BY CHRISTINE HOGAN
The story of the birth of Christ is fundamental to the education of every Christian child in the world. From Matthew, but mainly Luke, we have details on the trip for the census, the birth, and the flight to Egypt.
You know them by heart. The parents, on the way from Nazareth, are caught out as Mary begins to labour. Joseph can find no space for his wife at the inn in Bethlehem, and they end up themselves in a cow byre in time for the birth of the Son of God.
This story is played out in Sunday schools around the world every Christmas. The tallest boy or girl plays Joseph. The sweetest girl is Mary. The roles of the Magi are handed out to the more responsible or capable kids and and the rest of the rest of the kids divided into shepherds and angels.
It is a story so deep in our DNA as Christians that it is impossible to imagine a life without the beautiful, calming repetition of the story of the nativity. We are in the Christmas season again, so it was incredibly timely that our CathNews pilgrims found themselves in Bethlehem's Manger Square on Thursday morning.
Behind it sits the Church of the Nativity, with its short door and worn steps into the nave. Part of a complex which also includes the Church of St Catherine, Virgin and Martyr, a Franciscan cloister and guest house.
The Church of the Nativity sits over the cave in which traditions says the Virgin was delivered. You get to the site now down some highly polished and steep steps, taking care not to be trampled by enthusiastic Spanish evangelising Christians who virtually throw themselves into the grotto.
Our little group was fortunate.
We were there so early – no trouble with the checkpoint in the wall which divides Israel from Palestine (sometimes this can take hours) – that we were try first group in the church. Down the crypt, Mass was about to take place in the manger area, so our little lot retired to a far wall and were encouraged to sing. John and Leo, two of the CN group, led us in Silent Night.
The words had never seemed so poignant, or so appropriate, as our voices soared and filled the tiny space. There were several moist eyes as some of us were overcome by a wonderful moment mod faith, and hope, and love.
Bethlehem has several sites of distinction, including the Shepherds Field, where shepherds watched their flocks by night all seated on the ground an angel of the Lord came down. Disappointingly, no shepherds today, just lots of rocks.
It is also home to Bethlehem University, a joint venture of the Vatican and the De La Salle Brothers. The Chancellor of the University is the Papal Nuncio to Jerusalem, Archbishop Lazzarotto, and the Vice-Chancellor is a New Zealander, Br Peter Bray.
Br Peter welcomed our group to the university, and introduced some of the stars of his students. These included a second year, Lena, from Hebron, and Hanadi, a fourth year student who is studying biology and medical science, and Najib, in the business school.
These wonderful young people talked to our group about their lives and their hopes, something which might seem hard to keep alive in a place where the unemployment rate is so high (35 per cent in Bethlehem) and family incomes are so low.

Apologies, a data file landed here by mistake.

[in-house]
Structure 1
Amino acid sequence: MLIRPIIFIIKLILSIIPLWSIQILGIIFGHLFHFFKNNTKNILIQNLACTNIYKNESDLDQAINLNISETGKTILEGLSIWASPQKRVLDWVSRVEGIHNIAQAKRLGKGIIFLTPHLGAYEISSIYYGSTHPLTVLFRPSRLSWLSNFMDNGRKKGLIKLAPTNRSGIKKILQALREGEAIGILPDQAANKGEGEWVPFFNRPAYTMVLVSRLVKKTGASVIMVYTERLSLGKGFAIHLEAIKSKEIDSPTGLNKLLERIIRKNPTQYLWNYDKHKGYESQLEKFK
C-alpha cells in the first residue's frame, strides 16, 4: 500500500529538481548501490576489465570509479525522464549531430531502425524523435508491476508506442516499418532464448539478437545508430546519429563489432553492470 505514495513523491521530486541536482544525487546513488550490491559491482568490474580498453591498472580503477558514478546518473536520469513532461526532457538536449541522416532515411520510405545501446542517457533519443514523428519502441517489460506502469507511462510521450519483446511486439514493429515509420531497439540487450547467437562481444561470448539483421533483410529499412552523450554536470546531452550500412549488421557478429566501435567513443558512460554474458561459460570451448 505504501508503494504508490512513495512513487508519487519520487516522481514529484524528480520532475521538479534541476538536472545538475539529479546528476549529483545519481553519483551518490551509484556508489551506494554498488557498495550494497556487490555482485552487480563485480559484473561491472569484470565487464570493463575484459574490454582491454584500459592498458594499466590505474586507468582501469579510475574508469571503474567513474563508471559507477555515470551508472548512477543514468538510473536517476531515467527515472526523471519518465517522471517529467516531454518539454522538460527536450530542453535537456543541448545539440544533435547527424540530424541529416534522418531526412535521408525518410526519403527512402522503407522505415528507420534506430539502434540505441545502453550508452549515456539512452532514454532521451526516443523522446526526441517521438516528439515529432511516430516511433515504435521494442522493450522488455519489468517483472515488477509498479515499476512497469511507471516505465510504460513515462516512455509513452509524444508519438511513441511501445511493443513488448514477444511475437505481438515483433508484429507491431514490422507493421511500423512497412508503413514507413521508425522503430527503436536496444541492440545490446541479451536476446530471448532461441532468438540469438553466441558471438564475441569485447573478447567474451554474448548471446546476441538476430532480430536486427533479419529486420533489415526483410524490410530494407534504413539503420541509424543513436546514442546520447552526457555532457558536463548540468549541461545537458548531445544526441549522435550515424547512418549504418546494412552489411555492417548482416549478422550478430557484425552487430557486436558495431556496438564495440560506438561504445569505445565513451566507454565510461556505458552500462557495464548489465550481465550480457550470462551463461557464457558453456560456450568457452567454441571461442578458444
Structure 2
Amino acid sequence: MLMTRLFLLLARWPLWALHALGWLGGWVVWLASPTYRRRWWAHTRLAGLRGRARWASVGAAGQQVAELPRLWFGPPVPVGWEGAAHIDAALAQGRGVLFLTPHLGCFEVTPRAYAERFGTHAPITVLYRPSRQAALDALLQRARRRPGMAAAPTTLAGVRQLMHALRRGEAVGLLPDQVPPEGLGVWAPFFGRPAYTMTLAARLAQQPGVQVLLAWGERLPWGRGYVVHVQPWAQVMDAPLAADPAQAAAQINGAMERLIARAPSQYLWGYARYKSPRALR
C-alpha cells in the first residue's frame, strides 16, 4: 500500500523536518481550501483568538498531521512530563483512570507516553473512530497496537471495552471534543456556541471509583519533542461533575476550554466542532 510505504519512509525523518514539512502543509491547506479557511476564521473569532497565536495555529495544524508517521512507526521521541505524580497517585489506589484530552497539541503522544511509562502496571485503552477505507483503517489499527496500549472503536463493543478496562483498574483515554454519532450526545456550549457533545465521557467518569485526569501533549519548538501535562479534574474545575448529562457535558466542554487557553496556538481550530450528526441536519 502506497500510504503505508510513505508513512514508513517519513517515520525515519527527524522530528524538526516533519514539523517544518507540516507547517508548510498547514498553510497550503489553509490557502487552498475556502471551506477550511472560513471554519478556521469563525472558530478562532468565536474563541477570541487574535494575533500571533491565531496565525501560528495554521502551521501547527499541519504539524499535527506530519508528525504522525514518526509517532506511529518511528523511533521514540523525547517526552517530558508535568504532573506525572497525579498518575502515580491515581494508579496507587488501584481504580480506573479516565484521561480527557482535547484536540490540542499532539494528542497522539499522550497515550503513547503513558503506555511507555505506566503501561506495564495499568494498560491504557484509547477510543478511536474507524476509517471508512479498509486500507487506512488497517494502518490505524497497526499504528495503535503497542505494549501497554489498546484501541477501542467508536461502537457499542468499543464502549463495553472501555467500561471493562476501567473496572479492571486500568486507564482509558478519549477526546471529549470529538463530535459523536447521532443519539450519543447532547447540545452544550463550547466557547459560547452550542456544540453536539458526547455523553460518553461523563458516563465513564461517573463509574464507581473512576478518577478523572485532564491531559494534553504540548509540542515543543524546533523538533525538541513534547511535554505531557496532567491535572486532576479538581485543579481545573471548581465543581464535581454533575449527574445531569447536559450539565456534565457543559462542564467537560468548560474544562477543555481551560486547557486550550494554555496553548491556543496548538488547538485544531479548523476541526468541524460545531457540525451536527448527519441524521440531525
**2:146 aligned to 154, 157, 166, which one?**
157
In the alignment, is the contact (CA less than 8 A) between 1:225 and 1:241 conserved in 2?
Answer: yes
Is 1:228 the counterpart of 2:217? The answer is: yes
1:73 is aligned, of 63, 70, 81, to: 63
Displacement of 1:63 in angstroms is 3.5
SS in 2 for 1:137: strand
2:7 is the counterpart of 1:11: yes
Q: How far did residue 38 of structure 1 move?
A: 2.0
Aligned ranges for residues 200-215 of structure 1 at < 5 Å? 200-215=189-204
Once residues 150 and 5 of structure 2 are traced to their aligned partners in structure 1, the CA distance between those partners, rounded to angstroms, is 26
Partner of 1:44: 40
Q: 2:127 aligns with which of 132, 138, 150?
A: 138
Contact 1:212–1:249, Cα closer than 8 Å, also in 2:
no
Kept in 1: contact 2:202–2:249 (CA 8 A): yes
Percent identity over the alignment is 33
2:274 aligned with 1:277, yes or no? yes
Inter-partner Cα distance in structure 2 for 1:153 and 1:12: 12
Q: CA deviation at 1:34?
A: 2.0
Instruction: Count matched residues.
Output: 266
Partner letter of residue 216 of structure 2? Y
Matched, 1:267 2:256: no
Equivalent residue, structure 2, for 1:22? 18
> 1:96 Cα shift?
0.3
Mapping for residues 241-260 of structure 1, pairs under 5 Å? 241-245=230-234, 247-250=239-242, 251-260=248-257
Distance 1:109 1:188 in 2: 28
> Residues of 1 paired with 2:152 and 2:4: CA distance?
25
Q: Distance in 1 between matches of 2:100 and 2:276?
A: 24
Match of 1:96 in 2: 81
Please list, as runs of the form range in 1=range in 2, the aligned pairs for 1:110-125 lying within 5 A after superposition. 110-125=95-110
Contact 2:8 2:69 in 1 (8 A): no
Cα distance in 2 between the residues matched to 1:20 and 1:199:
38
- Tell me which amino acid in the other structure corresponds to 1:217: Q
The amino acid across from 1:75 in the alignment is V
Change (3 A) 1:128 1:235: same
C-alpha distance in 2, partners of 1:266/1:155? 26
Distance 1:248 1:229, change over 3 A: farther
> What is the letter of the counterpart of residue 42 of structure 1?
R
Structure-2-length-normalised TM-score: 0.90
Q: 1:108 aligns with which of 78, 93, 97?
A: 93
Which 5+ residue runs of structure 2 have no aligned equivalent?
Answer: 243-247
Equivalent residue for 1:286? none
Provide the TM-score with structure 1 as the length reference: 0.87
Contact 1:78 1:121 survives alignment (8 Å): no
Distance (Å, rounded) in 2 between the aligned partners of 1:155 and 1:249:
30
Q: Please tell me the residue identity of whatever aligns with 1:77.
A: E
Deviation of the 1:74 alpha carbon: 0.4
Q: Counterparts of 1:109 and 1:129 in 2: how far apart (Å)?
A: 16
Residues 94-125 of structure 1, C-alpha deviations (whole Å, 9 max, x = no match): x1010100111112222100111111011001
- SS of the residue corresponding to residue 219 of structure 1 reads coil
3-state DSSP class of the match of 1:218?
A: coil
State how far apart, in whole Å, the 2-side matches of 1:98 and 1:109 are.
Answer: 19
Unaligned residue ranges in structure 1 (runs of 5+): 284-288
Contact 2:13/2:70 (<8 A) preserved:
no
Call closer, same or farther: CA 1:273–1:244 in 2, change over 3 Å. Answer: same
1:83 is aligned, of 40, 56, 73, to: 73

What would these Bethlehem stars like the world to know about young Pelestinians like them? “The truth,” said Najib.
The university comprises 700 Christian students, and some 2300 Muslims, and it seems a model for peaceful coexistence here. But this haven of peace and learning is on something of a knife edge. Br Peter explained that nearly 70% of its $14 million funding comes from donations.
It costs $4000 a year to keep a student here; and most of them pay no more than $700 for their tuition. It is difficult for Br Peter to retain staff. One of his professors got tired of having to cross the check points twice a day, including the delays and the abuse incurred by the guards.
They live under difficult conditions, which became obvious when I talked to Hanady over lunch. There are 10 members in her family, including seven children, and a grandmother. Hanady is finishing her degree soon, and going to marry her fiancé, who has residency in New York.
She is hoping to get a scholarship to help her study for her Masters, and then her doctorate. Hanady is looking forward to living in New York. This star of Bethlehem is going west.
Br Peter, who has been here for nearly five years and who is hoping to have his contract extended, has his work cut out for him, as he and his team try to build the leaders that Palestine will need in the future.
Next week, the story of Magdala...
Christine Hogan is the Publisher for the faith-based publications produced by Church Resources. She is currently on the CathNews Pilgrimage to the Holy Land and is blogging regularly for the duration of the journey.
Disclaimer: CathBlog is an extension of CathNews story feedback. It is intended to promote discussion and debate among the subscribers to CathNews and the readers of the website. The opinions expressed in CathBlog are those of the authors and do not necessarily reflect those of the members of the Australian Catholic Bishops Conference or of Church Resources.